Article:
Lord Ghael. Slippers from Cleon the Great. Decorated with green freshwater pearls. Interesting. I am glad to know because otherwise I would have imagined the slippers being decorated with blue saltwater amethysts. Oh well. I guess the pearls are another nod to Yi Ti (see: The World of Ice and Fire). "Great Cleon will be pleased to know they pleased you." Please!
Blabla King Cleon here King Cleon there. The Butcher King. Intimidating title, but we never get to know this guy (or have I forgotten him)? It's all just talky talk in the throne room (or wherever they are right now, I honestly lost sense of place and time here). It just goes on. Hizdahr zo Loraq. Oh good, another character with a name you either can't pronounce or mix up with the other ahrs. Tall, slender, amber skin. Bows. Dany needs this guy. He is wealthy. Not only is he wealthy (as Daenerys first thinks) but also rich! Wow. Fighting pits closed blablabla. He comes to have them reopened. He's been at it five times before. Daenerys, in a display of utterly obvious exposition put in a character's mouth, tells Hizdahr she knows his arguments and proceeds to rattle them off in a long, overcooked paragraph. Basically turning to the camera and recounting it all for us. I almost miss the canned laughter. Come on. This isn't nearly as vital as anything in the first three books, I simply cannot fathom how anyone can honestly say this is as good as anything in those classics.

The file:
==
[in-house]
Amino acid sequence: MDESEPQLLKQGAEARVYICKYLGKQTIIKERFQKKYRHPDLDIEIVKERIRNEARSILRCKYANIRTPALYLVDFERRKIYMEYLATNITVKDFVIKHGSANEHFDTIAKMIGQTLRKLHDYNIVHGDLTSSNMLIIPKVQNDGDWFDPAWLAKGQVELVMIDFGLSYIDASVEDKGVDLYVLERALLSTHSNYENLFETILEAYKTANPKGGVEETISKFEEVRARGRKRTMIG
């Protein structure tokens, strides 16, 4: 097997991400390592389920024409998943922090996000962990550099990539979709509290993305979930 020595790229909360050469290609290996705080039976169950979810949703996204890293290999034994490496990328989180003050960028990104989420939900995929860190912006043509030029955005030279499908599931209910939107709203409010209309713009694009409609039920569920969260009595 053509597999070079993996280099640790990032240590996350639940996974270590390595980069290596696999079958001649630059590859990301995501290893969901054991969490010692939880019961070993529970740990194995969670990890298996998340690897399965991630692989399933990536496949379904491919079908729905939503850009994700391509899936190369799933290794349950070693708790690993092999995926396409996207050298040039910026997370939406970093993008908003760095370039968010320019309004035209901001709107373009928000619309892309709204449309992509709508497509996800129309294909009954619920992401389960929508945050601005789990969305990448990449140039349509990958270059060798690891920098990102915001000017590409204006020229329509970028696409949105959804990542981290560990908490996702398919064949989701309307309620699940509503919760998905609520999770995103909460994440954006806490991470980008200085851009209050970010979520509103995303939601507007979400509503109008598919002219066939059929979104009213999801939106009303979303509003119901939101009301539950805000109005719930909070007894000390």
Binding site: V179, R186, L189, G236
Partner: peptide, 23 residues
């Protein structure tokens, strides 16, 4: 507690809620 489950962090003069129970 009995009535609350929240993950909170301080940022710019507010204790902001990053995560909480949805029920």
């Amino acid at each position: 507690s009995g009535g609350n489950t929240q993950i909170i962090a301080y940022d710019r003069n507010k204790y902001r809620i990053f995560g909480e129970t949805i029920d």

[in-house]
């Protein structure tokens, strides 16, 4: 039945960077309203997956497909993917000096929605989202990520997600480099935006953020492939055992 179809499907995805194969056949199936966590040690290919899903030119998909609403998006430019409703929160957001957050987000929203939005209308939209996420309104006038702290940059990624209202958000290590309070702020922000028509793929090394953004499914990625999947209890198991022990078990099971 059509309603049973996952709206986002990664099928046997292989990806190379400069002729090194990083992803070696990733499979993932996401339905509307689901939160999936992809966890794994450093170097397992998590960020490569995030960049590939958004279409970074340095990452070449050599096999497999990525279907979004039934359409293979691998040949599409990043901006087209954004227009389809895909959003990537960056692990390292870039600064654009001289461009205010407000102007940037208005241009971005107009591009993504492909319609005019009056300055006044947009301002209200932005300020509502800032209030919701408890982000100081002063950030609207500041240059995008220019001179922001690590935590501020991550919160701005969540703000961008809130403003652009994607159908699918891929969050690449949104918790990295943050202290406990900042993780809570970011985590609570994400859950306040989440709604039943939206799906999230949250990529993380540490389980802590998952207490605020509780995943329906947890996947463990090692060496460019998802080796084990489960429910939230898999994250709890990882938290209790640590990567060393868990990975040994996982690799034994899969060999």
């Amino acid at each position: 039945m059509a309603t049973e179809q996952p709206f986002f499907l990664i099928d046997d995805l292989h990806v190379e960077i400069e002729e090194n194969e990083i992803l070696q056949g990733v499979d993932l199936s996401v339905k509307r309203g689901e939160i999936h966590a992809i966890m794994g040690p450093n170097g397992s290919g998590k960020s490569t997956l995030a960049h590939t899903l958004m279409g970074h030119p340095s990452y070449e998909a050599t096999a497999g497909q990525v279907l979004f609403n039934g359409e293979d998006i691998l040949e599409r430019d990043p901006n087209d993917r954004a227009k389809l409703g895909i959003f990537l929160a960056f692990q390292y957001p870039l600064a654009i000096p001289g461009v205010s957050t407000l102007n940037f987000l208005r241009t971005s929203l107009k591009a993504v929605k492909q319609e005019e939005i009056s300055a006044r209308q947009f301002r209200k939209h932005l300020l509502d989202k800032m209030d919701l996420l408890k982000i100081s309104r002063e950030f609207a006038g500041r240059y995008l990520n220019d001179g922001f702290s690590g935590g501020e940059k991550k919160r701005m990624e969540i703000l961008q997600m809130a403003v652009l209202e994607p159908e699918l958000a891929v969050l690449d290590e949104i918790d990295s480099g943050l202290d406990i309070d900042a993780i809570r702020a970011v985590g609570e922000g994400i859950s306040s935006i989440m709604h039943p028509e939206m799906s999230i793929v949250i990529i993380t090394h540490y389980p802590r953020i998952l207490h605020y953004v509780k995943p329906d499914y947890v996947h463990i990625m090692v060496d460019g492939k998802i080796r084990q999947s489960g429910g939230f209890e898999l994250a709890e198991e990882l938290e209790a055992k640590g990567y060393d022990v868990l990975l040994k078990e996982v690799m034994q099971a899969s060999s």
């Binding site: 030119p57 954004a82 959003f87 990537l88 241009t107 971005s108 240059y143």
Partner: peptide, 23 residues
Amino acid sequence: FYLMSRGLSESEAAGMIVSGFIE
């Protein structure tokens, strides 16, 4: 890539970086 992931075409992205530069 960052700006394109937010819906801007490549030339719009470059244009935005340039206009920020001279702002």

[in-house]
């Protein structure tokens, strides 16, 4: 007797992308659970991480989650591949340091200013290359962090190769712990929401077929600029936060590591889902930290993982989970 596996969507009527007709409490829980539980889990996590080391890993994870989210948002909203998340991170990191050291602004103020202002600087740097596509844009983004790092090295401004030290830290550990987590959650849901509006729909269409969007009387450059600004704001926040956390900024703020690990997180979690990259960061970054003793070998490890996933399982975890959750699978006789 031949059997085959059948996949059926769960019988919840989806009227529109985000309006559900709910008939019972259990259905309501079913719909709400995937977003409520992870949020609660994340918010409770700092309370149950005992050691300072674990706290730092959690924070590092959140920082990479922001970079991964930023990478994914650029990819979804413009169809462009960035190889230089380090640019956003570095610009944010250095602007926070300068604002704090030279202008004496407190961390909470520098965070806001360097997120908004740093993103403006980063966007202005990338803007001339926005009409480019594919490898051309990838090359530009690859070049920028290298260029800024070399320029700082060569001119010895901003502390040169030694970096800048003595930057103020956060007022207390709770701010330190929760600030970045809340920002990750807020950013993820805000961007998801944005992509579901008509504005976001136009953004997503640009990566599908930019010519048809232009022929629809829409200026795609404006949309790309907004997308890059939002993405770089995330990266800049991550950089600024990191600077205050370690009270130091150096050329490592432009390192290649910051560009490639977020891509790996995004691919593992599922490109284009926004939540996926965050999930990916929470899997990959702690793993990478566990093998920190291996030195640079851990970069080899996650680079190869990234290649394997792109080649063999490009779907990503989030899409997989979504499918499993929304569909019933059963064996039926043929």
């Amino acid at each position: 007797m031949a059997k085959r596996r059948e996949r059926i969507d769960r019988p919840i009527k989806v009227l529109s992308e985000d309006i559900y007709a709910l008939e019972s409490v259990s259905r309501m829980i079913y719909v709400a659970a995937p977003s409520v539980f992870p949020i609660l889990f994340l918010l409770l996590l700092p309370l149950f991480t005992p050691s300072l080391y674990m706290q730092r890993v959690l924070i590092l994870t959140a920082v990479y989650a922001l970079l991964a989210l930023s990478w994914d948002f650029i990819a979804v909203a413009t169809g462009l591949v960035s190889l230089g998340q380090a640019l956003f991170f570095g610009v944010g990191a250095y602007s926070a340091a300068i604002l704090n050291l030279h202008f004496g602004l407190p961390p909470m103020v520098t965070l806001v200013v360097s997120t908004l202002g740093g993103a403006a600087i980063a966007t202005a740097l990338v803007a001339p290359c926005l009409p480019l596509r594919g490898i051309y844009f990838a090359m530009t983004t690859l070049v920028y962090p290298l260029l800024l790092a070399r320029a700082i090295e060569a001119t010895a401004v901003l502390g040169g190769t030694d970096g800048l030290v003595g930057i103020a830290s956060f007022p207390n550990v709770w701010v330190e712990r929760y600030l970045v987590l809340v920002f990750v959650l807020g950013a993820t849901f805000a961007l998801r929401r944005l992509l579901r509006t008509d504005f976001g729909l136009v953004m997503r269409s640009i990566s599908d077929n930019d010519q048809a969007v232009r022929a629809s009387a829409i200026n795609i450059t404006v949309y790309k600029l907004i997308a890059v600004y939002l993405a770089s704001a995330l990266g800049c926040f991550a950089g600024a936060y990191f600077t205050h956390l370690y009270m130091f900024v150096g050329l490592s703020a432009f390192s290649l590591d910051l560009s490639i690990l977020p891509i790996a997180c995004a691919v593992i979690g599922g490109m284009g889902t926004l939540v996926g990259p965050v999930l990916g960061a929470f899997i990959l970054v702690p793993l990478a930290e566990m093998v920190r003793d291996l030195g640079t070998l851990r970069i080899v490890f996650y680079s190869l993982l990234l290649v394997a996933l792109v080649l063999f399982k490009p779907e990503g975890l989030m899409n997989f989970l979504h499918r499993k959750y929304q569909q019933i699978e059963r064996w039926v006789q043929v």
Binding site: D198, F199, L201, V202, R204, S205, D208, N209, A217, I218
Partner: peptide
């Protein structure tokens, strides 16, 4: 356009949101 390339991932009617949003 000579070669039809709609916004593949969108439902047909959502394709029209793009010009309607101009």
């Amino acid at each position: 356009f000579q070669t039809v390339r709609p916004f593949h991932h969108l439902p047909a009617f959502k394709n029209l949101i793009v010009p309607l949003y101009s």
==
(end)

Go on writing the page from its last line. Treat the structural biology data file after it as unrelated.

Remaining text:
Blablabla Your Radiance Your Magnificence Your Fighting Armpits expenses, open pits, I am only a young girl and stuff, hey Xaro Xhoan Ducksauce namedrop, the answer is still no for the sixth time and off a very limber man stalks. He might be handsome but for the silly hair, thought the Dragon Queen who was infatuated with a gold-toothed blue-bearded freak. Reznak. Green Grace. Hizdahr. Magnificence. Grazdan. Oh, here's Grazdan. Sigh. Grazdan desires gold. Who? Grazdan that's who. Did you know that he once owned a slave woman who was a very fine weaver? Hold on, not just in Meereen but in New Ghis.And Astapor.AndQarth. AS WELL! I'm noting this down for further research; it might be vital to the endgame. More backstory, this time on the state of the city. State of the city-state. Rich woman comes, wants her jewels and her house back. Accusations flung at "a certain noble of the Zhak." Read it out loud. It sounds funny. Maybe. A man must entertain himself when the entertainment fails to entertain. Waaa. Maidenhood. Gelded. Rape. Law. City. Young boy. Slight and scarred. Saw his mother raped (of course). I am queen over a city built on dust and death. If that doesn't suit you, my dear Mother of Dragons, than get off your ass and either do something about it, or better yet, go to I don't know Westeros??! Take your ships and sail for the Vale of Arryn, it's easy to attack from the sea and you'll have an instantly super-fortified piece of the realm. Better than Meereen. When Dany doesn't give the young nameless boy the justice he seeks she realizes that she just made another Son of the Harpy. She's learning to rule. I know. I understand that. But that doesn't make it any less tedious for me.